Musicals are one of the most unusual genres in all of film, and I am fascinated by any attempt to create one, especially in a modern age where filmgoers do not have them as part of their daily cinematic diet.
There is a moment early on in “Rock Of Ages” where Julianne Hough, playing Sherrie Christian, is on a bus on her way to the big city, ready to make her dreams of music stardom come true. She begins to sing “Sister Christian,” and while the song choice may have made ’80s survivors smile, it wasn’t until the rest of the passengers on the bus also begin to sing that the audience around me started to laugh. It’s that moment where any musical makes the leap from reality to the world of the movie, and if your audience is willing to go with you, you’re gold.
Justin Theroux and Allan Loeb are credited with the adaptation here, along with Chris D’Arienzo who created the piece for the stage, and it’s painting in big bright primary colors. There is not a subtle moment in the movie. The entire thing is pitched at this sort of full-volume level, everything spelled out with the most literal interpretation of song lyrics and the most exaggerated character types, so there’s no chance you’re going to miss anything. “Prometheus,” this is not.
I would not consider myself a fan of Adam Shankman’s work overall, but I do think he did nice work on “Hairspray,” and I was hoping this return to the musical would be as charming overall. And while there’s a lot of business in the film that does deliver a charge of sorts, including some of the details of recreating the Los Angeles Sunset Strip of 1987, there’s no real weight to this prototypical rags-to-riches-to-dissatisfaction-to-true-love story… and I don’t think anyone involved would argue that they were aiming for anything more than the movie star karaoke that it tries to be.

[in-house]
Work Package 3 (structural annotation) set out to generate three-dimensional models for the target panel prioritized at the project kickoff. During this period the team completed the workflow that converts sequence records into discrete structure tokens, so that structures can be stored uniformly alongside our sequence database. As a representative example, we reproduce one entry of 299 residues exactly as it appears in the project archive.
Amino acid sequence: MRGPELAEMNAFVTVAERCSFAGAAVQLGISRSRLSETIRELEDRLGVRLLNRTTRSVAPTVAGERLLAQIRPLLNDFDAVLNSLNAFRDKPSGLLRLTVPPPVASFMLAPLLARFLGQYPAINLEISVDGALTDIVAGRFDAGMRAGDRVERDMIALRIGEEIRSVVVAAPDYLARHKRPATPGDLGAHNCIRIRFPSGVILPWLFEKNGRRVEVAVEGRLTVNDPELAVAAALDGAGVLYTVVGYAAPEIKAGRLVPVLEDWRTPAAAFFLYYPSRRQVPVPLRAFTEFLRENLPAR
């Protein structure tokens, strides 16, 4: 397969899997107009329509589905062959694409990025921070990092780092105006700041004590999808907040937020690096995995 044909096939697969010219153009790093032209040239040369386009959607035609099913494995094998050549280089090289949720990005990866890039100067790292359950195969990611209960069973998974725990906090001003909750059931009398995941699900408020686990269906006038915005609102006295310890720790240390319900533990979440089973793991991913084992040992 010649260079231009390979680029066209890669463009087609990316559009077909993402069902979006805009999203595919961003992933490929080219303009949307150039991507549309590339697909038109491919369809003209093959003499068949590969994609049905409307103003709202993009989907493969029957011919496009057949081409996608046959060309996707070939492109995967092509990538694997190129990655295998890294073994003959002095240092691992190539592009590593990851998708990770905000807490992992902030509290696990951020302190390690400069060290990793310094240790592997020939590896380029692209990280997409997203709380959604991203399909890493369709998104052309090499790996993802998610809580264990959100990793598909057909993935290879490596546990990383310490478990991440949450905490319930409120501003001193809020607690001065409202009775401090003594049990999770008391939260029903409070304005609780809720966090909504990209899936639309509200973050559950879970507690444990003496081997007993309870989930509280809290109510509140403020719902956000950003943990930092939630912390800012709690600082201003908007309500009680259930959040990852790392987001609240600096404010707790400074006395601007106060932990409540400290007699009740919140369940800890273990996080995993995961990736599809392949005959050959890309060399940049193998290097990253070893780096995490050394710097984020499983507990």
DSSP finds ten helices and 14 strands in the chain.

“Hairspray” benefitted from the source material, both the musical by O’Donnell and Meehan and the original film by John Waters, and there’s weight to what Waters did, mixing his own outrageous sensibilities with a great story about a turning point in race relations. “Rock Of Ages” is about Drew (Diego Boneta) and Sherrie (Julianne Hough), both bright-eyed kids who have dreams of fame. They meet working at the film’s slightly-fictionalized version of the Whiskey A-Go-Go, now called The Bourbon Room, and Dennis Dupress (Alec Baldwin) runs the place along with Lonny (Russell Brand). Dennis is drowning in bills, worried about the future of the club, and he relies on his most famous showbiz friend, uberstar Stacee Jaxx (Tom Cruise), to help him keep the doors open. The closest the film gets to any issue is with the story that deals with Mayoral candidate Mike Whitmore (Bryan Cranston) and his wife Patricia (Catherine Zeta-Jones), a Tipper Gore-esque moral crusader who is determined to shut the Bourbon Room and the whole Sunset Strip down and chase people like Stacee Jaxx out of LA, and the entire subplot seems to be an excuse for Catherine Zeta-Jones to MILF her way through a few musical numbers including a version of “Hit Me With Your Best Shot” that was apparently choreographed by the dancers at Nude Nudes Nude by the airport.